In fact, free international data is probably still profitable for T-mobile since they are billing $50 a month for something which they are buying wholesale for basically the same price that they pay domestically. If tower-time in Shenzhen China costs the same as tower-time in Austin Texas, then what do you care which tower a customer uses? What you don’t want is for the customer to suspend their service for a month while they go to China. t-Mobile gets that. Their un-carrier strategy allows them to view a tower in Shenzhen China no differently than a tower in Austin.

Now the math should become pretty clear: If T-Mobile can pick up 1-million customers this is about $500 Million a year of moolah. Because they operate a variable cost business it’s hugely profitable for them and allows them to lease more and more towers as they grow.

The same revenue is displaced from Verizon and AT&T (because cellular is increasingly a zero-sum game). Those companies are essentially fixed-overhead businesses who will be unable to service their debt load.

Let me provide some relevant context by telling a story from a few decades ago in my own career.

We were a young start-up selling some pretty high-tech stuff against a well established and hugely dominant company. They touted their thousands of sales people, massive headquarters resources, and their history. They had  recently built a new headquarters palace and we discovered that they had leased all of their furniture and equipment. Basically, they had built a high fixed cost business that demanded cash every month.

We entered the market with a vastly superior product. We decided to price the subscription-based product identically to our behemoth competitor. Then, we offered the product on a special price on a per customer basis. Every customer had some reason given to them for the special price (educational discount, industry discount, end-of-month-sale, or whatever). But the bottom line is that we basically gave our product away for the first year, but in a way that didn’t establish the sale price as the forever subscription price.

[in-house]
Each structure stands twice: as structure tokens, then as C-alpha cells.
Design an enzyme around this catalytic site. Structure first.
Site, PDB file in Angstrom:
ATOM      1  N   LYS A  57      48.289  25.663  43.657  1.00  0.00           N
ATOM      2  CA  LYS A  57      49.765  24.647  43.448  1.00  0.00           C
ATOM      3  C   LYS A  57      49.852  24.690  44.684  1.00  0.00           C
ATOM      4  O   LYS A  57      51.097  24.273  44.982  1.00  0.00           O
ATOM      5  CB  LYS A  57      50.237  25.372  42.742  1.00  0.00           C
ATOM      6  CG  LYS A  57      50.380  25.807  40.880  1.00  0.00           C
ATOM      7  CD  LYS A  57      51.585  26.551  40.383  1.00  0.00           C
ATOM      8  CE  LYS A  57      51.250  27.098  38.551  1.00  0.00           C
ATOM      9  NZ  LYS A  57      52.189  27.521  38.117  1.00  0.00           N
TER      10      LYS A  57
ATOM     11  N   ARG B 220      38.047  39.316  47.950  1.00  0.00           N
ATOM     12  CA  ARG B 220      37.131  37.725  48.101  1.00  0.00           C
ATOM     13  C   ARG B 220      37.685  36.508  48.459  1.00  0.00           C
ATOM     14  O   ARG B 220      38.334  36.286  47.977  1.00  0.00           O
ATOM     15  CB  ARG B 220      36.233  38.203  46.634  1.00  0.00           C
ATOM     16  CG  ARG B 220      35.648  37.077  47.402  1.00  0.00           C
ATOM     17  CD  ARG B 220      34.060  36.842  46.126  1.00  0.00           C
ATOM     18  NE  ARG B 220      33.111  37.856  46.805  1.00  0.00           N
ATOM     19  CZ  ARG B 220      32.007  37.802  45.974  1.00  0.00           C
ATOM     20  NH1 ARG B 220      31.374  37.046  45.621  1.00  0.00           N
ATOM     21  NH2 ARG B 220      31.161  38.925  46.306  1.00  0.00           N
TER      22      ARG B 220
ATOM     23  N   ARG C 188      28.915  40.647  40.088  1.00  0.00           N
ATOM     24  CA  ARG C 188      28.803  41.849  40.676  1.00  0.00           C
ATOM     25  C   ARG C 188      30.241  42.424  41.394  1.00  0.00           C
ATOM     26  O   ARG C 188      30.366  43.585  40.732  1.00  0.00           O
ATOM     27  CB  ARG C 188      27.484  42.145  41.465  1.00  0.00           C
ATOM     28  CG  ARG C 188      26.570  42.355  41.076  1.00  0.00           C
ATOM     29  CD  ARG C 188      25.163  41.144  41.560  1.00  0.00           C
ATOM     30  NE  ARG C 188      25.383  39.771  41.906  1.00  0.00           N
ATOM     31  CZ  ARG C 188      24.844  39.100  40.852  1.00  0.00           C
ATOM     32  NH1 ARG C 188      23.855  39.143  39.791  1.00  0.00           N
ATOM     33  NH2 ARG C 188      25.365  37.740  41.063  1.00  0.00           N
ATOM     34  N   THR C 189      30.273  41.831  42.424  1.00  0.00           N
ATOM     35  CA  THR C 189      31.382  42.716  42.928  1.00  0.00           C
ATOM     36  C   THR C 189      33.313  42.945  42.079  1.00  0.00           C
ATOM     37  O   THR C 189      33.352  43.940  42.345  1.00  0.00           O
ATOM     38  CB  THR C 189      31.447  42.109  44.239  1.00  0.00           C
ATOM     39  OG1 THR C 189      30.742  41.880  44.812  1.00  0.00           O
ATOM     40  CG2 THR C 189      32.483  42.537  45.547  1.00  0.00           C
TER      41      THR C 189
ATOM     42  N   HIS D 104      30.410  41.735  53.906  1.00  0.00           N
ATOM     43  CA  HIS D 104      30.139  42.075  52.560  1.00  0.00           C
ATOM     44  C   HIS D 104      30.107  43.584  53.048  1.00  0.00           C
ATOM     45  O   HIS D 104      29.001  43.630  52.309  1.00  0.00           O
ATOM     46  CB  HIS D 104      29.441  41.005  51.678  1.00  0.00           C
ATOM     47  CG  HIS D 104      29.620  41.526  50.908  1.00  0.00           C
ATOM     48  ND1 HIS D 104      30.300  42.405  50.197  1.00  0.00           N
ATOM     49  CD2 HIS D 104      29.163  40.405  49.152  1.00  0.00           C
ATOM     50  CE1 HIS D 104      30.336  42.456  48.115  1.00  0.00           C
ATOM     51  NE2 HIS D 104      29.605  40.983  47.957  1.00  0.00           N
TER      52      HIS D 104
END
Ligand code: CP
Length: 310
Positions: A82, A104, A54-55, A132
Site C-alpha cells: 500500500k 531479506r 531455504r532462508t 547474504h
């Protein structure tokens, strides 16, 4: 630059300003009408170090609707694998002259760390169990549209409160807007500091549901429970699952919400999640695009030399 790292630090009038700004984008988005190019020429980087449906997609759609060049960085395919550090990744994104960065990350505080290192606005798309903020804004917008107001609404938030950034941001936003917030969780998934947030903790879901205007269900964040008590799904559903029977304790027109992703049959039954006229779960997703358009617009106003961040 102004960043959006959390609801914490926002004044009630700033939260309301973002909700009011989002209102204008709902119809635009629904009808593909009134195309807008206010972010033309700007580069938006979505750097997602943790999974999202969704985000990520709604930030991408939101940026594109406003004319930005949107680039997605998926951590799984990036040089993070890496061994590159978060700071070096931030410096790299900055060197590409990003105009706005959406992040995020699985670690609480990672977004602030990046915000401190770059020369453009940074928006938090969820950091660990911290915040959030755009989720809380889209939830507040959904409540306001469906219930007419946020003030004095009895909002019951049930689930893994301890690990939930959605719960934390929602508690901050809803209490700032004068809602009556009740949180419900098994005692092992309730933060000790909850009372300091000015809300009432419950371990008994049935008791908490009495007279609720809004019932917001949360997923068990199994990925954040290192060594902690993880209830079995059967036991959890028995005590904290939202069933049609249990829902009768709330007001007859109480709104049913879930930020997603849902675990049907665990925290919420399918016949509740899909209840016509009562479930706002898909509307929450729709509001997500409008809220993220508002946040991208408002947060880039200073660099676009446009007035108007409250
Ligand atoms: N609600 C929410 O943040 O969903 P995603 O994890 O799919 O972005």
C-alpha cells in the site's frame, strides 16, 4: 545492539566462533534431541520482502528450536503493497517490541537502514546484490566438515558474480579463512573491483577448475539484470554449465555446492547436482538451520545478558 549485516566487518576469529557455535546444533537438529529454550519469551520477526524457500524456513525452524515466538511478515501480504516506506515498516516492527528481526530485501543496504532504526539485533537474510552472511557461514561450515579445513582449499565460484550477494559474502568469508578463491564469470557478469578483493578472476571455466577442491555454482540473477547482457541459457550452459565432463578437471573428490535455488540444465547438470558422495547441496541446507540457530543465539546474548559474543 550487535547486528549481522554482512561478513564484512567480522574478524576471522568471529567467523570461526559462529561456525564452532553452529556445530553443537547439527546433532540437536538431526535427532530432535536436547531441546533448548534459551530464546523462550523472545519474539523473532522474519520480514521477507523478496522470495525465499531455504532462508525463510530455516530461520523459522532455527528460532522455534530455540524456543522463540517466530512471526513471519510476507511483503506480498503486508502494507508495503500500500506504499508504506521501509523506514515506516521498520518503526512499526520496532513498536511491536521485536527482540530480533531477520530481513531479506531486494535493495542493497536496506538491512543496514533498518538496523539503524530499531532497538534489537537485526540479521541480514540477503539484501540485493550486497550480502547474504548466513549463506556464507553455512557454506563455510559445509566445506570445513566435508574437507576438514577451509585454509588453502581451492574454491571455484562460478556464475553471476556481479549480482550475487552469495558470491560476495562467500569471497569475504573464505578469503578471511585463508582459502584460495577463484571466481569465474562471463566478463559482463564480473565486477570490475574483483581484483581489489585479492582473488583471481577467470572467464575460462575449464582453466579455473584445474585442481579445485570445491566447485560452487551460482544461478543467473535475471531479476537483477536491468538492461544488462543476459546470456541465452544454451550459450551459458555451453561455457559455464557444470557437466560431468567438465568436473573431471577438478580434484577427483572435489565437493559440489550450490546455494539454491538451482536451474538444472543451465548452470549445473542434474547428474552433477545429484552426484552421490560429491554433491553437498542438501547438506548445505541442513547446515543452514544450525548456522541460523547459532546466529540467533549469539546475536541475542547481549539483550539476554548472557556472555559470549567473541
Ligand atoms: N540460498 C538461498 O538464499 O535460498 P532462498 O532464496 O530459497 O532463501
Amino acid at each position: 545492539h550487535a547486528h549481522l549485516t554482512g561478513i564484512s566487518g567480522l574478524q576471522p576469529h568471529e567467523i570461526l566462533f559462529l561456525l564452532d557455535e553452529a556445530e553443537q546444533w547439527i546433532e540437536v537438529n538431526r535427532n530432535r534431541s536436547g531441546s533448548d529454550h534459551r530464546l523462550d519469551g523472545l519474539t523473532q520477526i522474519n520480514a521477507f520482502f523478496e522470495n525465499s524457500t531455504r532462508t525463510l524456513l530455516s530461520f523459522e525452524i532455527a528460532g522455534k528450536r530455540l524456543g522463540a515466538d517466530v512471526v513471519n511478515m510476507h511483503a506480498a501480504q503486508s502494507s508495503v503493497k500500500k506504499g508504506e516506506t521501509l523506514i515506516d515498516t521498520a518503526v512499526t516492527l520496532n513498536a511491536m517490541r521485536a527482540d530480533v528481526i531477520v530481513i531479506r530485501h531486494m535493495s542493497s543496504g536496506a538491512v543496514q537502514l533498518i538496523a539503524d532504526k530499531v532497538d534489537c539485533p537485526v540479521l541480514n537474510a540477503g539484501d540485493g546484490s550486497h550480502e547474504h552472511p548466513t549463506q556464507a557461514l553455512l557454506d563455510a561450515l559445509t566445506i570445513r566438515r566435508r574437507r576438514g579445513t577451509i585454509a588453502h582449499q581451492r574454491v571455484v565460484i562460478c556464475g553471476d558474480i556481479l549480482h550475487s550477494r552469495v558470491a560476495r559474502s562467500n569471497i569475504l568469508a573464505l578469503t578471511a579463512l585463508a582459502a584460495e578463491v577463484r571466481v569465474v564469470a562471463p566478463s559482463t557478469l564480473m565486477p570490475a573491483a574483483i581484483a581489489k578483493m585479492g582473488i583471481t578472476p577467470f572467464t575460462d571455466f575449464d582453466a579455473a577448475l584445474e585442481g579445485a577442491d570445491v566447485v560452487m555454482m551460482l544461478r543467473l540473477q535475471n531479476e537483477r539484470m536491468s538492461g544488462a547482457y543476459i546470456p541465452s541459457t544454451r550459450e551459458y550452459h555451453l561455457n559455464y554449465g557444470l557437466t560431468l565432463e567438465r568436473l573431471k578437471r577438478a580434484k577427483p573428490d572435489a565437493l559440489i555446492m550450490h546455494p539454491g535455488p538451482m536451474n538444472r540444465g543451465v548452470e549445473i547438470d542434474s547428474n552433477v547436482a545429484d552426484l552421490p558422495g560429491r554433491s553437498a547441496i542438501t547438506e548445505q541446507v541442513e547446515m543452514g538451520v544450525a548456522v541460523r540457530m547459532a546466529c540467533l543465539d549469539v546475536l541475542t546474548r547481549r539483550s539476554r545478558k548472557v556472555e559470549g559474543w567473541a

When we started we had zero customers. Within two years we had 495 of the fortune 500. Everybody decided to switch to our (relatively free) product, knowing that the special price was only for one year. But the industry switch was massive and in our favor.

Punch line: our competitor found its cash flow dried up when all of the customers decided to “just try” our free product. Our product was great, and the customers never left us, even after we started charging. But more importantly: it took under six months for our giant, decades old, behemoth competitor to declare bankruptcy. You see, they were utterly unable to service their debt load or to carry their business for a year until our free promotion stopped.

I believe that T-Mobile’s John Legere knows exactly what he is doing. He’s playing the same strategic game with Verizon and AT&T. He is one smart devil as I see it. And, Verizon’s and AT&T’s CEOs must be hoping that John has a bad accident some day.

The un-carrier strategy is much more than ending service contracts and lowering prices. It is about fundamentally changing the cell phone business in America for the better. It’s profoundly ironic that both AT&T and Verizon’s roots go back to Theodore Newton Vail and the Bell System and that they are being killed by their own founder’s strategy.

Colin Berkshire